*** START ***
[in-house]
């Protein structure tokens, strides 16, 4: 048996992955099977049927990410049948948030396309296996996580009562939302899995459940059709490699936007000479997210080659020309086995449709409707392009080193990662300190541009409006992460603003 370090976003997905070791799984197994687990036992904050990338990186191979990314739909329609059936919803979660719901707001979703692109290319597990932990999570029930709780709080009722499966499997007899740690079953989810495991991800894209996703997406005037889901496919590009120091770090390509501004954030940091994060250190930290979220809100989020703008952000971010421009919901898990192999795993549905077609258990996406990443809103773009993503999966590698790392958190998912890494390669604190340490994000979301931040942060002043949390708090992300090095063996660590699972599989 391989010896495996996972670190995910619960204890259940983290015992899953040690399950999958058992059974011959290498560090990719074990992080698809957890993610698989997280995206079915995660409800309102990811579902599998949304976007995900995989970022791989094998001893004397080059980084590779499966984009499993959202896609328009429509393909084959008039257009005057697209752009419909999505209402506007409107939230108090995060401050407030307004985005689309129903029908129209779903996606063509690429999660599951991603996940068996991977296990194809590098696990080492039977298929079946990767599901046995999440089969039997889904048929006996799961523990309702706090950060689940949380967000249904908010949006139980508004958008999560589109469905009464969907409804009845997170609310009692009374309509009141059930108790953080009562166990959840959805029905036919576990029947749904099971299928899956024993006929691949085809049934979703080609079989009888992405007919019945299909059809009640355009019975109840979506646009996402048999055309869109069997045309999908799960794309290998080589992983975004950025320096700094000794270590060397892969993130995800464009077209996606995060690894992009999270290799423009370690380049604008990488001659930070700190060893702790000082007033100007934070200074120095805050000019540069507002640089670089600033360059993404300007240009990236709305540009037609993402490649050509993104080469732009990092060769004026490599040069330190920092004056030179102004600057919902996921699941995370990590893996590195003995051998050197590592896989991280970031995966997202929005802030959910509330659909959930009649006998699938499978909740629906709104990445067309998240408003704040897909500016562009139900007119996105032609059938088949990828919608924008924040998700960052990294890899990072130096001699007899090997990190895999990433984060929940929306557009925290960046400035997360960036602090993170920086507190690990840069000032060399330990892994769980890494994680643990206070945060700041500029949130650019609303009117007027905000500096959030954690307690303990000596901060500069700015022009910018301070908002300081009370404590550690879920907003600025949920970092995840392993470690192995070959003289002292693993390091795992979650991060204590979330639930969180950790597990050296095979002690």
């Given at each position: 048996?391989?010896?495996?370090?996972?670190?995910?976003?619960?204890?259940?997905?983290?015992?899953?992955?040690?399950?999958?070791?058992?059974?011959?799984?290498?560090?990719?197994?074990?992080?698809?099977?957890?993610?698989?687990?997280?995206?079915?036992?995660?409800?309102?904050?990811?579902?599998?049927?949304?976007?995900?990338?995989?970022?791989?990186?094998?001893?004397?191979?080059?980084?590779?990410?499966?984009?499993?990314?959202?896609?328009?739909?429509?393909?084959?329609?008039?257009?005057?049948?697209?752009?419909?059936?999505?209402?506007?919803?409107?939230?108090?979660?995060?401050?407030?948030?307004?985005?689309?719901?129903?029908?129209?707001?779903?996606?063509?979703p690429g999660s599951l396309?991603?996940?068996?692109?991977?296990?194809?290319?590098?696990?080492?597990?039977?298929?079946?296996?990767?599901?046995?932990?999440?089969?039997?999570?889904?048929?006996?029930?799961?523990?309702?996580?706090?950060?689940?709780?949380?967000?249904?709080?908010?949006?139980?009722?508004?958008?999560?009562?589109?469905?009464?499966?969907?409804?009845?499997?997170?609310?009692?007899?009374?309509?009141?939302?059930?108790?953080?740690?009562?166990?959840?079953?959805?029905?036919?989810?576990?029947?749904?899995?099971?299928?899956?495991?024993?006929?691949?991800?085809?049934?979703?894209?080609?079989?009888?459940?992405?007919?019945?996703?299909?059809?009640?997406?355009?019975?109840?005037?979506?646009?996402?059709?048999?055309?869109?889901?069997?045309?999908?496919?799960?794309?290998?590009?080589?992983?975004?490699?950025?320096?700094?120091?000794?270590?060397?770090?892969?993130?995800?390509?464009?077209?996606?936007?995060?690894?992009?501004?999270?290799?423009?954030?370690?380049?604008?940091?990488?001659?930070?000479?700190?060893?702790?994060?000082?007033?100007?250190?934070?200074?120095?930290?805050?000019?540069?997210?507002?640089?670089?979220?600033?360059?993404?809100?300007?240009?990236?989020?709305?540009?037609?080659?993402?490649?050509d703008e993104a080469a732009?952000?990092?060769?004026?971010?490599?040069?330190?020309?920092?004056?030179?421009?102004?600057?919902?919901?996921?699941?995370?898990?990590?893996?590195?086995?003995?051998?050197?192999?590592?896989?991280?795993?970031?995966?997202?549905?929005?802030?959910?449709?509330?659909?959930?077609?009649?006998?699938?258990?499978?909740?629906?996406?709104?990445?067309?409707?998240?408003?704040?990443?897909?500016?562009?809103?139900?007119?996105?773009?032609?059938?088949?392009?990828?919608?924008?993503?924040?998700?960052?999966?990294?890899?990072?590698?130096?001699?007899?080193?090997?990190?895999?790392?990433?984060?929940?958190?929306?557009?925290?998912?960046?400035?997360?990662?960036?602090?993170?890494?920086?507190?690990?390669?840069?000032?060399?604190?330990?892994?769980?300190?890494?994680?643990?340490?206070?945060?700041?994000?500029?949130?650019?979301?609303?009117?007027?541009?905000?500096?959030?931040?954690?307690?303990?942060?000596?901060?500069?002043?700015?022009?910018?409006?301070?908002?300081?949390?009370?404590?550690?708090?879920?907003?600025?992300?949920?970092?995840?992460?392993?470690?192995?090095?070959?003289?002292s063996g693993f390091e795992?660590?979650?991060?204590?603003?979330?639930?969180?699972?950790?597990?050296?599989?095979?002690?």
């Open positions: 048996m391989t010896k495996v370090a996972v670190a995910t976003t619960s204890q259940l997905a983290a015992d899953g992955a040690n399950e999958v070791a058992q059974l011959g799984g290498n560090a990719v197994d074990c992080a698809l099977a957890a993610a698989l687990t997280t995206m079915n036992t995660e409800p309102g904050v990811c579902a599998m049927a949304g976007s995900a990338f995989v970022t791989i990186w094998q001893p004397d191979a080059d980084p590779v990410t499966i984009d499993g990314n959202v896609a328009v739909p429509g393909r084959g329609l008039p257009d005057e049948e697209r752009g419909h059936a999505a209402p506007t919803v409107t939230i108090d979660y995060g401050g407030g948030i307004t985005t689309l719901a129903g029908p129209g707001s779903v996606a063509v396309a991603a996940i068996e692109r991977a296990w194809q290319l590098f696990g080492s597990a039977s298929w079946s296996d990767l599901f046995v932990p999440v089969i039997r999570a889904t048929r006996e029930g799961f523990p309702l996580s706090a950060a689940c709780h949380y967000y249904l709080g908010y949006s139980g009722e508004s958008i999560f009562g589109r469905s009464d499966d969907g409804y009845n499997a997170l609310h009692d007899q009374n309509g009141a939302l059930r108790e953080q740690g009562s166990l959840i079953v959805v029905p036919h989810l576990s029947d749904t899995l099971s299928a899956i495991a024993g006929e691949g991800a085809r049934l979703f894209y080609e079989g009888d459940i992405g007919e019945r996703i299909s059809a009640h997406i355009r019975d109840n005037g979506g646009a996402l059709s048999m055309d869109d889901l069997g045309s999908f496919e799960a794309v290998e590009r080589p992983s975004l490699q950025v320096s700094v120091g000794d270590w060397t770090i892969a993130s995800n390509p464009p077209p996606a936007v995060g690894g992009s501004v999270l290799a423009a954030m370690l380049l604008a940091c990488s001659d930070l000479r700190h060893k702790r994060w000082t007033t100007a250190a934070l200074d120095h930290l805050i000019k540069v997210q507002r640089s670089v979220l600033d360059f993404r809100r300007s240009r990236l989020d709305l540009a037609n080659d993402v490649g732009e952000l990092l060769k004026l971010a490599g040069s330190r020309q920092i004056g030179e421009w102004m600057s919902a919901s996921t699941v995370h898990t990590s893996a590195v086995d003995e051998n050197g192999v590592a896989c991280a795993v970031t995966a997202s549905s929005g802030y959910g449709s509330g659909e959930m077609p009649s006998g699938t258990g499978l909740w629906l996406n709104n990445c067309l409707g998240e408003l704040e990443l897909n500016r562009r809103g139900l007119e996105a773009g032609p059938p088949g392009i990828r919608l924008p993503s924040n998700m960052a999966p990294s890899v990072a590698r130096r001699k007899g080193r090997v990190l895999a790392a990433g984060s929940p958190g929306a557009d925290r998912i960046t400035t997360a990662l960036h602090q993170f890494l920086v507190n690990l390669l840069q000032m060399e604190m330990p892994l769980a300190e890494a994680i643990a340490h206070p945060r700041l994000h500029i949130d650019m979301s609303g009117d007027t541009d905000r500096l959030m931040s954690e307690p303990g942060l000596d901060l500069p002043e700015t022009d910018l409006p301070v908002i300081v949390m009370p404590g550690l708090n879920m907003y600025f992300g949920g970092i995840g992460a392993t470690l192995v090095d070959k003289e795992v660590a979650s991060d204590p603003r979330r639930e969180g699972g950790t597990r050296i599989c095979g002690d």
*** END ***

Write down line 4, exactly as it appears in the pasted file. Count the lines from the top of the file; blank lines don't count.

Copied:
């Open positions: 048996m391989t010896k495996v370090a996972v670190a995910t976003t619960s204890q259940l997905a983290a015992d899953g992955a040690n399950e999958v070791a058992q059974l011959g799984g290498n560090a990719v197994d074990c992080a698809l099977a957890a993610a698989l687990t997280t995206m079915n036992t995660e409800p309102g904050v990811c579902a599998m049927a949304g976007s995900a990338f995989v970022t791989i990186w094998q001893p004397d191979a080059d980084p590779v990410t499966i984009d499993g990314n959202v896609a328009v739909p429509g393909r084959g329609l008039p257009d005057e049948e697209r752009g419909h059936a999505a209402p506007t919803v409107t939230i108090d979660y995060g401050g407030g948030i307004t985005t689309l719901a129903g029908p129209g707001s779903v996606a063509v396309a991603a996940i068996e692109r991977a296990w194809q290319l590098f696990g080492s597990a039977s298929w079946s296996d990767l599901f046995v932990p999440v089969i039997r999570a889904t048929r006996e029930g799961f523990p309702l996580s706090a950060a689940c709780h949380y967000y249904l709080g908010y949006s139980g009722e508004s958008i999560f009562g589109r469905s009464d499966d969907g409804y009845n499997a997170l609310h009692d007899q009374n309509g009141a939302l059930r108790e953080q740690g009562s166990l959840i079953v959805v029905p036919h989810l576990s029947d749904t899995l099971s299928a899956i495991a024993g006929e691949g991800a085809r049934l979703f894209y080609e079989g009888d459940i992405g007919e019945r996703i299909s059809a009640h997406i355009r019975d109840n005037g979506g646009a996402l059709s048999m055309d869109d889901l069997g045309s999908f496919e799960a794309v290998e590009r080589p992983s975004l490699q950025v320096s700094v120091g000794d270590w060397t770090i892969a993130s995800n390509p464009p077209p996606a936007v995060g690894g992009s501004v999270l290799a423009a954030m370690l380049l604008a940091c990488s001659d930070l000479r700190h060893k702790r994060w000082t007033t100007a250190a934070l200074d120095h930290l805050i000019k540069v997210q507002r640089s670089v979220l600033d360059f993404r809100r300007s240009r990236l989020d709305l540009a037609n080659d993402v490649g732009e952000l990092l060769k004026l971010a490599g040069s330190r020309q920092i004056g030179e421009w102004m600057s919902a919901s996921t699941v995370h898990t990590s893996a590195v086995d003995e051998n050197g192999v590592a896989c991280a795993v970031t995966a997202s549905s929005g802030y959910g449709s509330g659909e959930m077609p009649s006998g699938t258990g499978l909740w629906l996406n709104n990445c067309l409707g998240e408003l704040e990443l897909n500016r562009r809103g139900l007119e996105a773009g032609p059938p088949g392009i990828r919608l924008p993503s924040n998700m960052a999966p990294s890899v990072a590698r130096r001699k007899g080193r090997v990190l895999a790392a990433g984060s929940p958190g929306a557009d925290r998912i960046t400035t997360a990662l960036h602090q993170f890494l920086v507190n690990l390669l840069q000032m060399e604190m330990p892994l769980a300190e890494a994680i643990a340490h206070p945060r700041l994000h500029i949130d650019m979301s609303g009117d007027t541009d905000r500096l959030m931040s954690e307690p303990g942060l000596d901060l500069p002043e700015t022009d910018l409006p301070v908002i300081v949390m009370p404590g550690l708090n879920m907003y600025f992300g949920g970092i995840g992460a392993t470690l192995v090095d070959k003289e795992v660590a979650s991060d204590p603003r979330r639930e969180g699972g950790t597990r050296i599989c095979g002690d």